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Teaching Faulkner: A Snopes You Can Believe In

Authored by James Vescovi, English teacher

For me, the best way to teach William Faulkner is to begin with the Snopes, that ornery, duplicitous, barn-burning family of itinerant farmers, blacksmiths, bigamists and bank presidents.  Faulkner does not come naturally to most high school students, and he can be particularly hard to decipher for born-and-bred urbanites, too many of whom see his backwoods people as little more than players in a freak show. The key is to get students beyond a character’s eccentricities to his or her nobility. Faulkner imbued in his people (even the dishonest ones) with a commendable ability to endure the tragic. If you can get students to cross that Rubicon, you’ll find they’ll begin to get Faulkner, even laughing with the characters as opposed to at them. My introduction to the Snopes family begins with two handouts: (1) a map of Faulkner’s fictional Yoknapatawpha County; and (2) the Snopes family tree, both of which will help students find their footing in Faulkner’s world. Next, I show a 40-minute...read more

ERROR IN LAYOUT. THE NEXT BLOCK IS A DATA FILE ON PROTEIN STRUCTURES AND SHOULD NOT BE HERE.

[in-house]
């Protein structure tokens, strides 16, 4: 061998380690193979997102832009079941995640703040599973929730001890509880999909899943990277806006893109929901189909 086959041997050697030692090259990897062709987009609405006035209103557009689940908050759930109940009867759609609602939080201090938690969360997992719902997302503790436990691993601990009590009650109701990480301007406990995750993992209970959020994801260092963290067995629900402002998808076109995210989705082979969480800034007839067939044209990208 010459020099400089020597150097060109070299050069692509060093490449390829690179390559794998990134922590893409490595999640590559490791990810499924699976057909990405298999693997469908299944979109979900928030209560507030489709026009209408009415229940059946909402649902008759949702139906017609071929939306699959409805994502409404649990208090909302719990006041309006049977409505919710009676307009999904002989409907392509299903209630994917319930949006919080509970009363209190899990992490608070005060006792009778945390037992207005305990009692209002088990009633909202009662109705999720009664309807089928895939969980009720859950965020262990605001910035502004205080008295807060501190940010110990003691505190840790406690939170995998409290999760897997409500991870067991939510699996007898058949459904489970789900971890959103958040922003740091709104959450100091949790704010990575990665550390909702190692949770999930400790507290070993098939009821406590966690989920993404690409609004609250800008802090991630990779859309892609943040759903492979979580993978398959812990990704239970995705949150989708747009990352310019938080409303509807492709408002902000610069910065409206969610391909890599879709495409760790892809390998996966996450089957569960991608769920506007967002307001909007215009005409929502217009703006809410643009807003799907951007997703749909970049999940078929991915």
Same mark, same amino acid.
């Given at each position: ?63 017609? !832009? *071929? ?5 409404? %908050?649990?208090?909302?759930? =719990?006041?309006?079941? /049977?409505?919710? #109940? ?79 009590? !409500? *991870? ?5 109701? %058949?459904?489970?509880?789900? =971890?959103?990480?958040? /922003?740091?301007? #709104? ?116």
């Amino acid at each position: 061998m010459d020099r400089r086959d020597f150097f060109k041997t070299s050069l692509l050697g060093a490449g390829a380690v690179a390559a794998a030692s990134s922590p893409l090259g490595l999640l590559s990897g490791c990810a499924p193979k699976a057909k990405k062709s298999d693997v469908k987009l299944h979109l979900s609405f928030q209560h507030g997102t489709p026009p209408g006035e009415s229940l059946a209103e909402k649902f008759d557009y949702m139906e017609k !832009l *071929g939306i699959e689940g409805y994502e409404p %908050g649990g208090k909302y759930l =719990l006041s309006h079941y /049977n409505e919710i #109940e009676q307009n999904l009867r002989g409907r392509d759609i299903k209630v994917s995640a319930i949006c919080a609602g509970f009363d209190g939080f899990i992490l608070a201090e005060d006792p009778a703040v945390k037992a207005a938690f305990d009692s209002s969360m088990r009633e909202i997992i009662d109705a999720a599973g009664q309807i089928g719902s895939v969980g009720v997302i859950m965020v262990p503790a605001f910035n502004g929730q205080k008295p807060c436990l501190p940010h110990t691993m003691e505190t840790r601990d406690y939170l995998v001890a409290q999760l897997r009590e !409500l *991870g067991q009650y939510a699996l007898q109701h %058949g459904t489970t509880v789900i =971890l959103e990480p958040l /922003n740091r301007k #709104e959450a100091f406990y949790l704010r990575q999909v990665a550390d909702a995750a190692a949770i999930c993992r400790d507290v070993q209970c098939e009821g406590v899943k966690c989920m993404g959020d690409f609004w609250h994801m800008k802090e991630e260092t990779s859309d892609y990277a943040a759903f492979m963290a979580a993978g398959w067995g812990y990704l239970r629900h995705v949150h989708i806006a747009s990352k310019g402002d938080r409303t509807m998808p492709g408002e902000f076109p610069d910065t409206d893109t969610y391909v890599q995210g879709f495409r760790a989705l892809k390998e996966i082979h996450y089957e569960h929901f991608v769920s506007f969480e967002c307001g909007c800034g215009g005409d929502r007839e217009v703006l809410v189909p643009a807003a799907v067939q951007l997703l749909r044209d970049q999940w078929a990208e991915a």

Topics: Faulkner, literature, English, teaching, James Vescovi

Teen Creed

Authored by Vanilla Macias-Rodriguez, Science Teacher